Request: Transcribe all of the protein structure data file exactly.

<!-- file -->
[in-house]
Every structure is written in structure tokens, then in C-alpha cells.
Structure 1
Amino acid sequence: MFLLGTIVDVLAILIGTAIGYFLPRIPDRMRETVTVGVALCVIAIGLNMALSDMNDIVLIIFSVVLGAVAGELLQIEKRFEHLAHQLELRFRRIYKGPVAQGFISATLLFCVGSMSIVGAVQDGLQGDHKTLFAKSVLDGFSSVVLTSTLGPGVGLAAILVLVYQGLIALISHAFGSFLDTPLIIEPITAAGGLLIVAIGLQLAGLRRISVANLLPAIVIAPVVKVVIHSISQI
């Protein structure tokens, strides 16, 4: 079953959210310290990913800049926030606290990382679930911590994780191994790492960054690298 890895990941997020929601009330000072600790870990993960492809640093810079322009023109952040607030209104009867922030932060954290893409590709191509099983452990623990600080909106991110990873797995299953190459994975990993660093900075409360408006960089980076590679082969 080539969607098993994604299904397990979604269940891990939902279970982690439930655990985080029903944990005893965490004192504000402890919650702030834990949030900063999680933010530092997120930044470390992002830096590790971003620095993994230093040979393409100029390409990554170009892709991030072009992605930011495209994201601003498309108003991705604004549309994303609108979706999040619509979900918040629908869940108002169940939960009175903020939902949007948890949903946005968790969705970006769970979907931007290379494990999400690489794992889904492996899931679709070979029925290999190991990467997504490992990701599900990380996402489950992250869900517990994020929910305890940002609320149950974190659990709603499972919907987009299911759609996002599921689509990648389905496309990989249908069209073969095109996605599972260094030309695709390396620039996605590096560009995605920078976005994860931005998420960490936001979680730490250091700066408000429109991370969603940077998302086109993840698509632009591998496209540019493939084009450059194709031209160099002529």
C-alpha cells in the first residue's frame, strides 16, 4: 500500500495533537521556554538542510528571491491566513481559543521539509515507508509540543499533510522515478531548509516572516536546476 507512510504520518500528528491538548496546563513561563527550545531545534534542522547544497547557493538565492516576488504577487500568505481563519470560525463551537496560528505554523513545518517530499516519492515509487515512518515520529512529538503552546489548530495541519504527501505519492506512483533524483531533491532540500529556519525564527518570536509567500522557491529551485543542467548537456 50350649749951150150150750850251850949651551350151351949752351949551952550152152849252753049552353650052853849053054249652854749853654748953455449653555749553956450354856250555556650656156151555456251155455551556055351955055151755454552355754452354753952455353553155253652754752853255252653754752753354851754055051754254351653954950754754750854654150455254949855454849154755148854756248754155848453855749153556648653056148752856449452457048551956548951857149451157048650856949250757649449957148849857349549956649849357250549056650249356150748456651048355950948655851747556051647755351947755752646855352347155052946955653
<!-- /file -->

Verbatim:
[in-house]
Every structure is written in structure tokens, then in C-alpha cells.
Structure 1
Amino acid sequence: MFLLGTIVDVLAILIGTAIGYFLPRIPDRMRETVTVGVALCVIAIGLNMALSDMNDIVLIIFSVVLGAVAGELLQIEKRFEHLAHQLELRFRRIYKGPVAQGFISATLLFCVGSMSIVGAVQDGLQGDHKTLFAKSVLDGFSSVVLTSTLGPGVGLAAILVLVYQGLIALISHAFGSFLDTPLIIEPITAAGGLLIVAIGLQLAGLRRISVANLLPAIVIAPVVKVVIHSISQI
């Protein structure tokens, strides 16, 4: 079953959210310290990913800049926030606290990382679930911590994780191994790492960054690298 890895990941997020929601009330000072600790870990993960492809640093810079322009023109952040607030209104009867922030932060954290893409590709191509099983452990623990600080909106991110990873797995299953190459994975990993660093900075409360408006960089980076590679082969 080539969607098993994604299904397990979604269940891990939902279970982690439930655990985080029903944990005893965490004192504000402890919650702030834990949030900063999680933010530092997120930044470390992002830096590790971003620095993994230093040979393409100029390409990554170009892709991030072009992605930011495209994201601003498309108003991705604004549309994303609108979706999040619509979900918040629908869940108002169940939960009175903020939902949007948890949903946005968790969705970006769970979907931007290379494990999400690489794992889904492996899931679709070979029925290999190991990467997504490992990701599900990380996402489950992250869900517990994020929910305890940002609320149950974190659990709603499972919907987009299911759609996002599921689509990648389905496309990989249908069209073969095109996605599972260094030309695709390396620039996605590096560009995605920078976005994860931005998420960490936001979680730490250091700066408000429109991370969603940077998302086109993840698509632009591998496209540019493939084009450059194709031209160099002529």
C-alpha cells in the first residue's frame, strides 16, 4: 500500500495533537521556554538542510528571491491566513481559543521539509515507508509540543499533510522515478531548509516572516536546476 507512510504520518500528528491538548496546563513561563527550545531545534534542522547544497547557493538565492516576488504577487500568505481563519470560525463551537496560528505554523513545518517530499516519492515509487515512518515520529512529538503552546489548530495541519504527501505519492506512483533524483531533491532540500529556519525564527518570536509567500522557491529551485543542467548537456 50350649749951150150150750850251850949651551350151351949752351949551952550152152849252753049552353650052853849053054249652854749853654748953455449653555749553956450354856250555556650656156151555456251155455551556055351955055151755454552355754452354753952455353553155253652754752853255252653754752753354851754055051754254351653954950754754750854654150455254949855454849154755148854756248754155848453855749153556648653056148752856449452457048551956548951857149451157048650856949250757649449957148849857349549956649849357250549056650249356150748456651048355950948655851747556051647755351947755752646855352347155052946955653